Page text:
• Abby Sanders

All Your Quartzite Questions, Answered!

Updated: Aug 7, 2019

Quartzite has quickly risen from obscurity to become one of the most popular surfaces for homeowners. And for good reason: it naturally resists scratching and chipping, and can be found in a variety of beautiful shades that resemble marble (an ever-popular but higher maintenance option).

So what makes quartzite different? We’ll break down why quartzite is such a durable material for your home, and what makes it unique from other stones.

Quartzite Basics

Allow us to introduce you. Quartzite is:

  • A 100% natural stone.

  • Frequently used for residential countertops and vanities.

  • The result of quartz sandstone that has been transformed into a very hard material after undergoing extreme heat and pressure related to tectonic compression

  • Not the same as engineered quartz (more on this later!)

How is Quartzite Different from Other Stones?

Quartzite is very hard – which makes it an ideal work surface, but also harder to extract from the ground.

For that reason, it’s traditionally been quarried less than softer stones like sandstone and marble. At least, until recently. Ss technology improves, we’re better able to collect this beautiful stone safely, and use it for residential and commercial applications.

Quartzite is known for being hard and durable. Conveniently, it also perfectly fits in with today’s interior design trends, as it tends to have luxurious white and cream tones. It’s easy to maintain, since it's very hard and doesn't easily absorb liquds and spills. And as long as it’s sealed after installation, quartzite can make for a very long-lasting and visually striking countertop or kitchen island.

But how does it stack up with better-known surface materials?

  • Engineered Quartz vs. Quartzite:

They share a similar name, but engineered quartz and quartzite are two very different materials.

Engineered quartz countertops are actually a man-made product and are not considered "natural": they do include ground quartz stone, but are also made up of binding resins. Quartzite, on the other hand, is a 100% natural stone. Every slab is unique since it is truly a product of nature.

Aesthetically, this means that engineered quartz slabs tend to have consistent coloration throughout the material. There's not much variation between quartz slabs, since they're all produced in a factory setting, and are made to look the same. And because quartz is a manufactured material, quartz countertops can be found in an endless array of colors, from those that mimic natural tones to vibrant reds and blues.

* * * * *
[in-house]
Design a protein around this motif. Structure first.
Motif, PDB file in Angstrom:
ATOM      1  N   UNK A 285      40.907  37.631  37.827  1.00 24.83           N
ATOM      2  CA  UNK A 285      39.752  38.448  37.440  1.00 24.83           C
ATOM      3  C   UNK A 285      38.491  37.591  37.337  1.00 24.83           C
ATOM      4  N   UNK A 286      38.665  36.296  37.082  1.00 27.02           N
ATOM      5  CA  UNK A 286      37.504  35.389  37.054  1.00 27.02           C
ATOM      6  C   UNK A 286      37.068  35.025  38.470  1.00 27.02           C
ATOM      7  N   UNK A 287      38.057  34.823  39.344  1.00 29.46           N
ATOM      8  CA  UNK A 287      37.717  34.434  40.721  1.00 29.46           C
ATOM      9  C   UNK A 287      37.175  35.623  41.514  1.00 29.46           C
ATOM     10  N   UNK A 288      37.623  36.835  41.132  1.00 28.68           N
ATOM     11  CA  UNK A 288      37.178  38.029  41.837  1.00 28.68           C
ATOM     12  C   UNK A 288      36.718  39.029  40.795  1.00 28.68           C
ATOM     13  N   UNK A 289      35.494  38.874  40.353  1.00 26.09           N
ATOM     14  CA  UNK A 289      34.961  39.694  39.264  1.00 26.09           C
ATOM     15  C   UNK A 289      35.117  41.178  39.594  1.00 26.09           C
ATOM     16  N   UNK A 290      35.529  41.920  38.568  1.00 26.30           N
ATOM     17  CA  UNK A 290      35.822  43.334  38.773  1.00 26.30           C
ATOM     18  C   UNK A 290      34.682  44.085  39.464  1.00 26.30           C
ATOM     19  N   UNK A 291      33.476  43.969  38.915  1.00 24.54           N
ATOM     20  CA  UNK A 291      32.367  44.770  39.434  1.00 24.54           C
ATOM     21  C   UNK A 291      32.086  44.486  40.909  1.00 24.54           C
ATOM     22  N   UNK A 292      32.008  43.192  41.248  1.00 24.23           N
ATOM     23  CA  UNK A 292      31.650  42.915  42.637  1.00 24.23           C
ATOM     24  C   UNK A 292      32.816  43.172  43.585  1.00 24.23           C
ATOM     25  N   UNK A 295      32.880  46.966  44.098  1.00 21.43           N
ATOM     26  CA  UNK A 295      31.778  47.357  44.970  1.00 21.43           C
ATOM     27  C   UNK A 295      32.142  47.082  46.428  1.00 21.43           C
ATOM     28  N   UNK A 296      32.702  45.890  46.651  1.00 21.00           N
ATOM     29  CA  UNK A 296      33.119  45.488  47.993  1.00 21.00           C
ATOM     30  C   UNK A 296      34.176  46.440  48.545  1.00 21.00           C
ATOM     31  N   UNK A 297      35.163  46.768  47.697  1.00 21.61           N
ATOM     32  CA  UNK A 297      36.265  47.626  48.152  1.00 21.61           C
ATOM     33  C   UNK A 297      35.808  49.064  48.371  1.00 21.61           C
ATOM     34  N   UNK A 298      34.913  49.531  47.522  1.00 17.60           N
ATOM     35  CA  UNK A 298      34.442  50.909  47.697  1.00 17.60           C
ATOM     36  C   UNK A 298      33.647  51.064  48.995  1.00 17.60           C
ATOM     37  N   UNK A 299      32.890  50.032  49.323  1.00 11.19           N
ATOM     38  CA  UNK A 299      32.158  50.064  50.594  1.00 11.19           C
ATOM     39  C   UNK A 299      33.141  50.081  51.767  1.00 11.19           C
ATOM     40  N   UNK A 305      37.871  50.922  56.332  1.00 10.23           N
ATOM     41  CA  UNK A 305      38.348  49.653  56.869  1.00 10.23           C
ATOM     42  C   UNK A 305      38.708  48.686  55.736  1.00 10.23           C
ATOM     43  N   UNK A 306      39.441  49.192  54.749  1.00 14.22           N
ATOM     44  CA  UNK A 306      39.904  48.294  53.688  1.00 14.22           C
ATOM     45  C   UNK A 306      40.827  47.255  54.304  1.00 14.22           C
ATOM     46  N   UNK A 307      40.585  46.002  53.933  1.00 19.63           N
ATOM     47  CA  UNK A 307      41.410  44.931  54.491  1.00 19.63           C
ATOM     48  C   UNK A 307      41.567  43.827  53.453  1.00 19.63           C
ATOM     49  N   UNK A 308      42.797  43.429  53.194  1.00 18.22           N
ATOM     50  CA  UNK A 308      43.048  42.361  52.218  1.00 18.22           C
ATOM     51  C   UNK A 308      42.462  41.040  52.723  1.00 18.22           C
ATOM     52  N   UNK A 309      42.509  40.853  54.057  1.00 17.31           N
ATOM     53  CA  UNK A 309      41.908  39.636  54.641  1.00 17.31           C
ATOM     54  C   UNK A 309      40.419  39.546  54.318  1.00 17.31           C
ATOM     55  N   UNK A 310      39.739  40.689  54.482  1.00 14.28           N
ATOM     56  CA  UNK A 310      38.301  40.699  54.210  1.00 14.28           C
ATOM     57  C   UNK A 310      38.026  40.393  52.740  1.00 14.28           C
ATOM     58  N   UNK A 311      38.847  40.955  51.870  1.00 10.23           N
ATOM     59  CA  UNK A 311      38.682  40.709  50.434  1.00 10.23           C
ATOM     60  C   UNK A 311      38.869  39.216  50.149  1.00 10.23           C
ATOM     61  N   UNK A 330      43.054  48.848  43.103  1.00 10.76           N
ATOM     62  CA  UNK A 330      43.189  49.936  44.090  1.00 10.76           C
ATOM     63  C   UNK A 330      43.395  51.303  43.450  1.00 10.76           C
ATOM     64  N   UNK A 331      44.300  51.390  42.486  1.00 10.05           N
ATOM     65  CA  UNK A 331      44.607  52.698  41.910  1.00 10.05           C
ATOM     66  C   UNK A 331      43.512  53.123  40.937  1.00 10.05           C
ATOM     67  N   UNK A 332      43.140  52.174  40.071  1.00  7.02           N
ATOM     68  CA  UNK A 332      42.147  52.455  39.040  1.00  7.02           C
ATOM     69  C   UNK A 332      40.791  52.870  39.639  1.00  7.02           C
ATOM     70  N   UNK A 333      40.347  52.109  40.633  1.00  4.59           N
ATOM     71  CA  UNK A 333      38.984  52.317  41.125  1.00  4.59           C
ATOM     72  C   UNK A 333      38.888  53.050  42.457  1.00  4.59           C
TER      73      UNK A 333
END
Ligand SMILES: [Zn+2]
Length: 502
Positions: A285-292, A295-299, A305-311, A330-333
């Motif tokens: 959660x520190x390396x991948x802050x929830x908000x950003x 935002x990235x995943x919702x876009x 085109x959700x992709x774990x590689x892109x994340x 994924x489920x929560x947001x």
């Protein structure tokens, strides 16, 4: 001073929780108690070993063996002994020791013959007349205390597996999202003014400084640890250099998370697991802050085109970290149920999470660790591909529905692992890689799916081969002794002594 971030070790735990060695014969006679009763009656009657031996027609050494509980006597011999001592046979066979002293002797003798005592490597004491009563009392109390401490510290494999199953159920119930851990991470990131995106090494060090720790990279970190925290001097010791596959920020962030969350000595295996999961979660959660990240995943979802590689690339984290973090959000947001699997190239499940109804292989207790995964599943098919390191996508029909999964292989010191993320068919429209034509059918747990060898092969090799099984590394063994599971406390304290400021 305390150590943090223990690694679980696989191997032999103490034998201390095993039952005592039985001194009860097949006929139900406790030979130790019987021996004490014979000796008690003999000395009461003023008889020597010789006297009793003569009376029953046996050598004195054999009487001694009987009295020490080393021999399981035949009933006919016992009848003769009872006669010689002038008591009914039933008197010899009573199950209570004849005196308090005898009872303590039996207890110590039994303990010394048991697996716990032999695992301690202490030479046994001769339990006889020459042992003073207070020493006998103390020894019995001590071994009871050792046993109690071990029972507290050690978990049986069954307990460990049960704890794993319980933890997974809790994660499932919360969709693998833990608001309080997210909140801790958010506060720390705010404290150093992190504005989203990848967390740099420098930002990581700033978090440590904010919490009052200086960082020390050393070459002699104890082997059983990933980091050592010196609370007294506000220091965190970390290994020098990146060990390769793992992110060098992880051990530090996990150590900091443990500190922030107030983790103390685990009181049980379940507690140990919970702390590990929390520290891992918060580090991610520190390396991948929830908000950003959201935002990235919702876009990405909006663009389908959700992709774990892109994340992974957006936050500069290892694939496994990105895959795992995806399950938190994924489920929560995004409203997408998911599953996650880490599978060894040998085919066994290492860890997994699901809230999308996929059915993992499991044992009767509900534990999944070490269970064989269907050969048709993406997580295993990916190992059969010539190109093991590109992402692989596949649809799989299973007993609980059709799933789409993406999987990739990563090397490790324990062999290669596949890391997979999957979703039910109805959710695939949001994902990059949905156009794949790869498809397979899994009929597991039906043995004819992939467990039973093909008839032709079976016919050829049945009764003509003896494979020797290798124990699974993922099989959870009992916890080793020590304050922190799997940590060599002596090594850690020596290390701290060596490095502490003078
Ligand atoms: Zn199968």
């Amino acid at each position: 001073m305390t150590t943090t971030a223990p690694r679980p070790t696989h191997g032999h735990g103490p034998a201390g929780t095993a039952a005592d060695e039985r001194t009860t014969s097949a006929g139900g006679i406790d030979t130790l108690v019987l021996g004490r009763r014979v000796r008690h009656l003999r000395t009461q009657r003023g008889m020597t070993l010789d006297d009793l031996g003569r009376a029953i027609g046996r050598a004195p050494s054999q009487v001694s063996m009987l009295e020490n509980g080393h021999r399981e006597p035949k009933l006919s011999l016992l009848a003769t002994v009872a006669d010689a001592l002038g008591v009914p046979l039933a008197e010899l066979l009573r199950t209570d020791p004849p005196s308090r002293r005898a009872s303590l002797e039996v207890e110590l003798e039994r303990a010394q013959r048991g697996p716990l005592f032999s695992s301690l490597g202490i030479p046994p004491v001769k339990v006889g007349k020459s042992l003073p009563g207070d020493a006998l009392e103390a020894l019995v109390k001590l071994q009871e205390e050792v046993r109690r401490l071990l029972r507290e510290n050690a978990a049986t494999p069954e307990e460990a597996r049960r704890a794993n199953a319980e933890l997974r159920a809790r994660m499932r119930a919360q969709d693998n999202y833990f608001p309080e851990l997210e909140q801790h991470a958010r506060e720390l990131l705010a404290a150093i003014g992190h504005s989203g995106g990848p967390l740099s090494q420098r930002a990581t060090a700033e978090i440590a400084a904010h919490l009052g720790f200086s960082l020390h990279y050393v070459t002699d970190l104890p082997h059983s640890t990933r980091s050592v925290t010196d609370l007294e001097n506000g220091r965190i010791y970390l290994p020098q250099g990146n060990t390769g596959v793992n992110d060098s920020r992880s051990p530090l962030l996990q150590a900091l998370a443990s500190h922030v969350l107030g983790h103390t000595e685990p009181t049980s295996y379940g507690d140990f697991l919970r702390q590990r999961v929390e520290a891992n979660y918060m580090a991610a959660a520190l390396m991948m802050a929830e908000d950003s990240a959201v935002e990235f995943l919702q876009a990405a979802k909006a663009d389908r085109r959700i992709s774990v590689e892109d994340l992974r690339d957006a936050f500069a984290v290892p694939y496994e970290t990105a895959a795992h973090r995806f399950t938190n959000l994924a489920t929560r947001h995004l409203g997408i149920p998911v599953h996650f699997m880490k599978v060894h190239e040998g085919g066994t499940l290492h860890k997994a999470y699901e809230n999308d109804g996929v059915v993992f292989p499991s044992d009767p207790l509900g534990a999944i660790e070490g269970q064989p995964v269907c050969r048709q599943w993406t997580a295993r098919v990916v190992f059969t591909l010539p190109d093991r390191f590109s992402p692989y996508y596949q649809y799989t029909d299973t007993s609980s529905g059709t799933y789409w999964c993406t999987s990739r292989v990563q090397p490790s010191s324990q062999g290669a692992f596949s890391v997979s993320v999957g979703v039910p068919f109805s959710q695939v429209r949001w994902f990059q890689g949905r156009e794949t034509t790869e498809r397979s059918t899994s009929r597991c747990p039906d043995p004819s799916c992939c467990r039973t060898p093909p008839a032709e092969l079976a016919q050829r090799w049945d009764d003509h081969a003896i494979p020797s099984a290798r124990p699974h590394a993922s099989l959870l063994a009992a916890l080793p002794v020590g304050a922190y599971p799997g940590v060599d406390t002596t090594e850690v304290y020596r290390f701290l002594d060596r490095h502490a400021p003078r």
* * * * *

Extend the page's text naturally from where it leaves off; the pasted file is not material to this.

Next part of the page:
In contrast, quartzite slabs are a product of nature: each one is unique, with its own veining and texture formed over hundreds of years in the earth. Quartzite tends to have a soft, translucent look that cannot be replicated by man-made products.

Both engineered quartz and natural quartzite are highly durable surface materials for any home; but for those looking for the beauty of a natural stone, quartzite can’t be matched.

  • Granite vs. Quartzite

Both granite and quartzite are very hard, durable, natural stones. Both granite and quartzite countertops are typically sealed upon installation, since they are somewhat porous and may absorb stains over time if left un-sealed. They’re long-lasting and easy to clean.

The most noticeable difference between granite and quartzite is that quartzite, a metamorphic stone, tends to have a lighter, more translucent look than most granites. This aesthetic feature makes it an appealing option to homeowners who love the look of marble, but not the upkeep.

Is Quartzite Worth The Cost?

Quartzite tends to be priced higher than the lowest-cost granite and engineered quartz colors. This is due to its demand as a visually appealing and durable natural stone, and also to the difficulty of mining quartzite from the ground.

But for those who are hoping to make a long-term investment in their kitchen or bathroom, quartzite is one of the best options out there. It’s undeniably one of the most aesthetically beautiful stones, with a unique depth and movement that simply can’t be produced by machines. And thanks to its durability, you can count on quartzite to look beautiful for decades, with minimal elbow grease on your part.

Our verdict? Quartzite is worth every penny. Natural stone never goes out of style, and a quartzite countertop, island, or vanity will add lasting value to your home.

Mercury Quartzite


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